Before Clark, Associate Justice*fn** , Swygert, Chief Judge, and Campbell, Senior District Judge.
This is an application by the National Labor Relations Board for the enforcement of its order issued against Regal China Corporation. 195 NLRB No. 114. The Board found that in discharging employee Carlos Gene Leonard for union activity the Company violated Section 8(a) (3) and (1) of the National Labor Relations Act and that the Company threatened other employees that they too would be discharged for their union activities in violation of Section 8(a) (1) of the Act. The Company contends that there is no substantial evidence to support the Board's findings. However, our examination of the record as a whole reveals ample support for the Board's finding that the discharge of Leonard was founded directly upon his union activities and not attributable solely to deficiencies in his work and that the Company did illegally threaten other employees.
Employee Leonard worked for the Company as a ceramic bottle and lamp caster. This job involves some skill and judgment in determining when to remove the different parts of the mold from the ceramic object being cast. While there was conflicting evidence as to Leonard's competence as a caster, the Board could reasonably conclude that he was "not producing scrap at any greater rate than other employees." Leonard was discharged on January 19, 1971. There was evidence that a number of employees were having trouble with wet molds during the first weeks of January. The daily reports of the Company on the quantity and quality of ceramic ware produced indicate an increase in losses on the type of lamp that Leonard was molding. He complained to Supervisor Jenkins about the condition of the molds and was told to do the best he could. His discharge on January 19 was purportedly based on the poor quality of his ware despite the fact that his work record for the period of January 4-19 was no worse than that of other casters. Furthermore, Leonard was capable of both mold-making and casting which made him a more valuable employee since he could be switched from one operation to the other, as was often done when necessary for more effective company operation.
The Company suggests on appeal that its objection to Leonard's work was not the quantity of defective ware he produced but the fact that he did not catch his own mistakes and remove ware that might explode in the kiln and necessitate expensive repairs. However, Leonard's termination slip refers only to the alleged poor quality of his ware and the poor condition of his molds, not to any negligence on his part in sending bad ware to the kiln. Nor does the record reveal any actual damage to the kiln. We must reject the Company's argument along these lines as an afterthought lacking support in the record.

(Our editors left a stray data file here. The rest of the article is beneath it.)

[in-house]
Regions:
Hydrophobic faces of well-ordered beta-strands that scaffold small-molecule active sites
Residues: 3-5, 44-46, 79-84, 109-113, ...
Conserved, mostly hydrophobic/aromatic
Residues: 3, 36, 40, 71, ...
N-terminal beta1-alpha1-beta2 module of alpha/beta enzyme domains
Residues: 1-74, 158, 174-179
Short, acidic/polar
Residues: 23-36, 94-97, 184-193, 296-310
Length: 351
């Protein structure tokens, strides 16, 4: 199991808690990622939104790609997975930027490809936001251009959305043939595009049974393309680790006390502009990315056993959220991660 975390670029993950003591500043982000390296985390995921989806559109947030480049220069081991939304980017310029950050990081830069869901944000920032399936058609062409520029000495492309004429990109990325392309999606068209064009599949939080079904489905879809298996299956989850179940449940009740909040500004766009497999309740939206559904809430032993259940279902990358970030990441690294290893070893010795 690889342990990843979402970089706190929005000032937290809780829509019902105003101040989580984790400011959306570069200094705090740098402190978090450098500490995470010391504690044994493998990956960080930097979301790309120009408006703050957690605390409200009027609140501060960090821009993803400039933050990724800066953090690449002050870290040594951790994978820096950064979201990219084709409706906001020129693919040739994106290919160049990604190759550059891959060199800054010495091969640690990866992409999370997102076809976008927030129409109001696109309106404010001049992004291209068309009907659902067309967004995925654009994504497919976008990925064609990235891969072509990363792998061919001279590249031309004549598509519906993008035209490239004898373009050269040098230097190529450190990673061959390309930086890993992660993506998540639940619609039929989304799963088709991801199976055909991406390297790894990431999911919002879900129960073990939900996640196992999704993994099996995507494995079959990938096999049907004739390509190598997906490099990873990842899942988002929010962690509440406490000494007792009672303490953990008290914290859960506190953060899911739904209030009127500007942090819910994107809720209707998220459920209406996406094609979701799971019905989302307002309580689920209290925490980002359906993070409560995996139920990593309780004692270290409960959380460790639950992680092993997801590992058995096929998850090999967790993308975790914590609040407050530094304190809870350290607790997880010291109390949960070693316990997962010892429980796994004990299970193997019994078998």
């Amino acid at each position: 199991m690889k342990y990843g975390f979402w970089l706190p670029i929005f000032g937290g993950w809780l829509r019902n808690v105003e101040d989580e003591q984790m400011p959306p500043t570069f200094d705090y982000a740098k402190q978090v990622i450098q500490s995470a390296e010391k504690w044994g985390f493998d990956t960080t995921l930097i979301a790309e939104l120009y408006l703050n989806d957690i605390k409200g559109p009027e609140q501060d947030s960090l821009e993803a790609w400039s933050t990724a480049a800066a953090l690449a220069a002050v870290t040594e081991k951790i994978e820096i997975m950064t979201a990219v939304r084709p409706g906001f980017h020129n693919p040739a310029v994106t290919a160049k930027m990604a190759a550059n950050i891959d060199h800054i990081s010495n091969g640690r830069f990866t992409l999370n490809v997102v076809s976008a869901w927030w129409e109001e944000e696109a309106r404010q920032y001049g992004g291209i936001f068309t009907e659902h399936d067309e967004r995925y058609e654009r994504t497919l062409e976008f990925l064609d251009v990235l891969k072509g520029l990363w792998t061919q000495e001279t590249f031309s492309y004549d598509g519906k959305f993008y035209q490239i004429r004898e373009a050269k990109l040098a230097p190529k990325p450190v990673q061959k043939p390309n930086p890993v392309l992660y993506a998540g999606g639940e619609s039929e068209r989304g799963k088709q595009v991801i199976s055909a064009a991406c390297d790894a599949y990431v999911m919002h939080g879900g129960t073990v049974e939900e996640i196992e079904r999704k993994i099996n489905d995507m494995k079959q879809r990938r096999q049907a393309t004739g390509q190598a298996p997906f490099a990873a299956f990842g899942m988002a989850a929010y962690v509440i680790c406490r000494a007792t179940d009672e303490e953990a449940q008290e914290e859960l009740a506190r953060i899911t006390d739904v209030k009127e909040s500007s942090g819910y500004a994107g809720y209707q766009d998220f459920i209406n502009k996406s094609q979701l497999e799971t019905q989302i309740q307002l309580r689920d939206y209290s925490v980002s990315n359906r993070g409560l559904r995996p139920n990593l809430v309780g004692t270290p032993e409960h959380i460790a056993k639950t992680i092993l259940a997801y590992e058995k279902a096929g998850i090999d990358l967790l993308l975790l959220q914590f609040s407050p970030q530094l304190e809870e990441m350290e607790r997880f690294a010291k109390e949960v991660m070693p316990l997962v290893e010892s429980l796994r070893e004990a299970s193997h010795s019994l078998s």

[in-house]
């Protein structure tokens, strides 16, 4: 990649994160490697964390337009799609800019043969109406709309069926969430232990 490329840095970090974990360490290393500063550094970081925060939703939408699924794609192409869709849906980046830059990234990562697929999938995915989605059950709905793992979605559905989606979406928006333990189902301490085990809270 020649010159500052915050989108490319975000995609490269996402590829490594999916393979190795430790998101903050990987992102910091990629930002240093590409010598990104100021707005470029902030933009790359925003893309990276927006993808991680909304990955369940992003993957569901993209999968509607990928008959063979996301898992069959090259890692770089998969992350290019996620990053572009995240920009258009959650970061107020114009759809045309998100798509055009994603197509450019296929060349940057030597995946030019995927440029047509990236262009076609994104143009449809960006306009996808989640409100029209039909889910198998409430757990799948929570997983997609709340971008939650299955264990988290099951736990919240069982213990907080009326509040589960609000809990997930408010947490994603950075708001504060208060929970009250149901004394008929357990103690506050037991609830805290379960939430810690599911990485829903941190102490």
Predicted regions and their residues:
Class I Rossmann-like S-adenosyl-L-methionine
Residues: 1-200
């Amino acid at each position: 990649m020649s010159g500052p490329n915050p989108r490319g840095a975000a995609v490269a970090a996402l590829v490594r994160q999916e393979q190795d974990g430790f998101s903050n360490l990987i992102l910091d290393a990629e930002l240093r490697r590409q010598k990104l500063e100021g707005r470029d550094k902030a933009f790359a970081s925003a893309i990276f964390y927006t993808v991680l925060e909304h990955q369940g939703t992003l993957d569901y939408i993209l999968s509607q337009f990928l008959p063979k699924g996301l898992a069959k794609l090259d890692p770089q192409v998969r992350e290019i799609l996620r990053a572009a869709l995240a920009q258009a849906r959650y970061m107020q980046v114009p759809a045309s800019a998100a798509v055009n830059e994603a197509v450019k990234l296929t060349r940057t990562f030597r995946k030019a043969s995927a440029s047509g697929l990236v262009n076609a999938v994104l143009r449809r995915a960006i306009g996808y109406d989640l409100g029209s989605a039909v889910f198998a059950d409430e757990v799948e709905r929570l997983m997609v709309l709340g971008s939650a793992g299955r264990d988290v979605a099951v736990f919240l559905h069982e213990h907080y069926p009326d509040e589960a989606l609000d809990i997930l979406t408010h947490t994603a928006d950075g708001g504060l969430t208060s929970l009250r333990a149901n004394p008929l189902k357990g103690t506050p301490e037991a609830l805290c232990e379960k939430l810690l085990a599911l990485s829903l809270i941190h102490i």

The Company also challenges the Board's findings that it knew of Leonard's union activities and that it was motivated by anti-union feeling in discharging Leonard. With reference to the union activity, it is clear that the Company was aware of the continuing efforts of the Union to organize. It had been active since 1959 and had suffered two defeats in Board-conducted elections. The Company knew that another election could be demanded as early as March 1971. Leonard was a member of the Union organizing committee; three or four meetings were held at his home. There was testimony that Leonard spoke to "practically the whole company" about the Union. On July 15, 1970 Supervisor Jenkins told Chilcoat, a caster, that Leonard "was going to feel funny when he came in the next day and received a warning slip," and that he was going to ride Leonard and make it so rough for him that he would have to quit, which would teach him a lesson for being pro-union. Supervisor Jenkins concluded by saying that he pitied the pro-union men because "[their] days are coming." On January 19, 1971, the day Leonard was discharged, employee Pace asked Jenkins why Leonard had been fired. Jenkins replied: "That is just one.There are more; we are going to get them one by one. You know why we fired him; he was a union guy and that is why we fired him." These statements by Supervisor Jenkins were clear and direct evidence of anti-union motive for discharging Leonard.
The question is not whether there was some legitimate basis for the discharge but whether the legitimate basis was the sole procuring cause. Certainly in light of the testimony recounted above the Board could properly conclude that the Company fired Leonard at least in part because of his union activities.
Supervisor Jenkins' statement to employee Pace on January 19, 1971, also supports the Board's finding that the Company threatened that other employees would be discharged for their union activities. We conclude, therefore, that substantial evidence on the record as a whole supports the Board's findings.
Enforcement of the Board's order ...